Speakers at today's rally in Tokyo included filmmaker John Junkerman and US military rape survivor, author and artist Catherine Jane Fisher. Junkerman's new film on Okinawa will be released in June, coinciding with the 70th anniversary of the end of the US-Jp ground war in Okinawa. The Japanese translation of Fisher's book has been launched. (More on both soon, along with Gov. Onaga's visit to Hawaii and Washington this week.)

Saturday, May 23, 2015

Women Cross DMZ: "Every step for peace is important!."


Via journalist Tim Shorrock: "Every step for peace is important!" "We're here because we don't believe in war!

The women who just crossed the DMZ include Suzuyo Takazato, co-founder of Okinawa Women Against Military Violence, Ann Wright), Nobel Laureate Mairead Maguire, an Article 9 & Okinawa supporter, Christine Ahn, a Korea scholar.

This action reflects decades of cross-border interconnections between networks working for peace and democracy for all of East Asia and the world.

Great article by Jon Letman: "These Women Have Crossed the Line: 30 activists cross North Korea DMZ for peace":
In an historic move, a group of global feminist activists march into the demilitarized zone between North and South Korea to create a space for a new type of conversation about truly ending the Korean war.

At the time of this blog post in Seoul and Pyongyang it’s already Sunday, May 24th, International Women’s Day for Peace and Disarmament, when a group of more than 30 women are scheduled to cross the Demilitarized Zone (DMZ) at Kaesong from North Korea into South Korea. Their goal: to draw attention to Korea’s “forgotten” and unfinished war, and move toward a real peace that can reunite families and, perhaps, a divided nation...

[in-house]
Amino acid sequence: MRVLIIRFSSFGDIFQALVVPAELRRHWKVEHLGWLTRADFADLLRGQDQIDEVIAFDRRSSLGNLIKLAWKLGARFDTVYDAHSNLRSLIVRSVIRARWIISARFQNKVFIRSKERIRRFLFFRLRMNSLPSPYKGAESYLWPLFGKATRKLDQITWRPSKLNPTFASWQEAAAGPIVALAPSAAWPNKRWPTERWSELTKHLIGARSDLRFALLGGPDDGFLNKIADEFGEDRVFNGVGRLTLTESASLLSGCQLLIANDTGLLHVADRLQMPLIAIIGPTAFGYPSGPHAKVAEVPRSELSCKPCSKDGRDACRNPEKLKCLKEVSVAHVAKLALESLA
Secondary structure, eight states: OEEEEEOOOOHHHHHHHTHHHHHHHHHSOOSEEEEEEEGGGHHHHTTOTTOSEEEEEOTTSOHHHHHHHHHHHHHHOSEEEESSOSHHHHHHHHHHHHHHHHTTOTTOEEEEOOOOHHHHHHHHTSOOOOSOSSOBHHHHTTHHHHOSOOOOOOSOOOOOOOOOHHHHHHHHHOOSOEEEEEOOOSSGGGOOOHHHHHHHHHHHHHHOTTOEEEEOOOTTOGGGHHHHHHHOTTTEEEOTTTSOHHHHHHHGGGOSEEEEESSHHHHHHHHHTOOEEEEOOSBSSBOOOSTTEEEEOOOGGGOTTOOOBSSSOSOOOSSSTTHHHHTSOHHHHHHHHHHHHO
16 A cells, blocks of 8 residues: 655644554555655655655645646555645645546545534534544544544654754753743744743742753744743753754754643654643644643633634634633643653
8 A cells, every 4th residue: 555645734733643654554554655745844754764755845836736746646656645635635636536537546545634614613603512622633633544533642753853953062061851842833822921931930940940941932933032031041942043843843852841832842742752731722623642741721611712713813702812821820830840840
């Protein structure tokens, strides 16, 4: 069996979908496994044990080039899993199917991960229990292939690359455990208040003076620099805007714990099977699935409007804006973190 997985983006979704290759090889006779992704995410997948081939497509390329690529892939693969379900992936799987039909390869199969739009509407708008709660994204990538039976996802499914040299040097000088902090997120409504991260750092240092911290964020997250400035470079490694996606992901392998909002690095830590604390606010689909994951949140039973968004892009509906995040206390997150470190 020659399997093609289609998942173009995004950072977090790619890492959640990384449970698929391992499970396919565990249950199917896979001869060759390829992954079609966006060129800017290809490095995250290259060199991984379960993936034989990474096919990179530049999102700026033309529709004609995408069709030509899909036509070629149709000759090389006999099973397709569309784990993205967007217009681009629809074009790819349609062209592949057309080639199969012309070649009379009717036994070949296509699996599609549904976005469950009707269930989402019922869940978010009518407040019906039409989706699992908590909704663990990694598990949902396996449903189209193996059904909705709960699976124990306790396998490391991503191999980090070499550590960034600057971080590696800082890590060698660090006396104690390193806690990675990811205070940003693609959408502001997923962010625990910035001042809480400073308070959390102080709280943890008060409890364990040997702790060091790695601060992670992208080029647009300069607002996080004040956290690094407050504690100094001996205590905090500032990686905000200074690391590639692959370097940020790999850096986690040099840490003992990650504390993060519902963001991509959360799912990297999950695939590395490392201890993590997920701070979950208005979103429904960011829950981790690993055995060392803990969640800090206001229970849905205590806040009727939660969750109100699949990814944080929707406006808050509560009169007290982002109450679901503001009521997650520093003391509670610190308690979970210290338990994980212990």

The Korean War (officially 1950-53) stands out for its bloody toll. Some 4 million people, mostly civilians, perished. Although a “temporary” cease-fire was signed, the last 62 years have been marked by a protracted cold war defined by ongoing threats by both sides of the DMZ, decades of profligate military spending, and what is effectively a permanent state of near-war and the fear of attack. The idea to walk from North Korea into South Korea began with a dream that lead organizer Christine Ahn had several years ago. The concept grew after Ahn connected with feminist icon Gloria Steinem who took a public stand in 2011 against the militarization of South Korea’s Jeju island.

The movement evolved into WomenCrossDMZ as Nobel Peace Prize laureates Mairead Maguire of Northern Ireland and Leymah Gbowee of Liberia joined Ahn, Steinem and what has grown to more than 30 women from South Korea, Japan, the US, Britain, Australia--at least 15 countries, in all.

Gwyn Kirk, a founding member of Women for Genuine Security, and one of the DMZ marchers, says WomenCrossDMZ is intended to create a space for a new type of conversation about ending the Korean war once and for all. After more than 60 years of tit-for-tat provocations, costly and dangerous brinksmanship and outright nuclear threats, Kirk says it’s time to create a different future.

That this movement is organized entirely by women is natural, says Kirk, pointing to UN Security Resolution 1325 which reaffirms “the important role of women in the prevention and resolution of conflicts, peace negotiations, peace-building, peacekeeping, humanitarian response and in post-conflict reconstruction…”
The visionaries are being criticized by mostly male (patriarchal?) journalists who appear threatened by their move to shift the narratives dominating political commentary in East Asia from that of fear and aggression to a hope and reconciliation: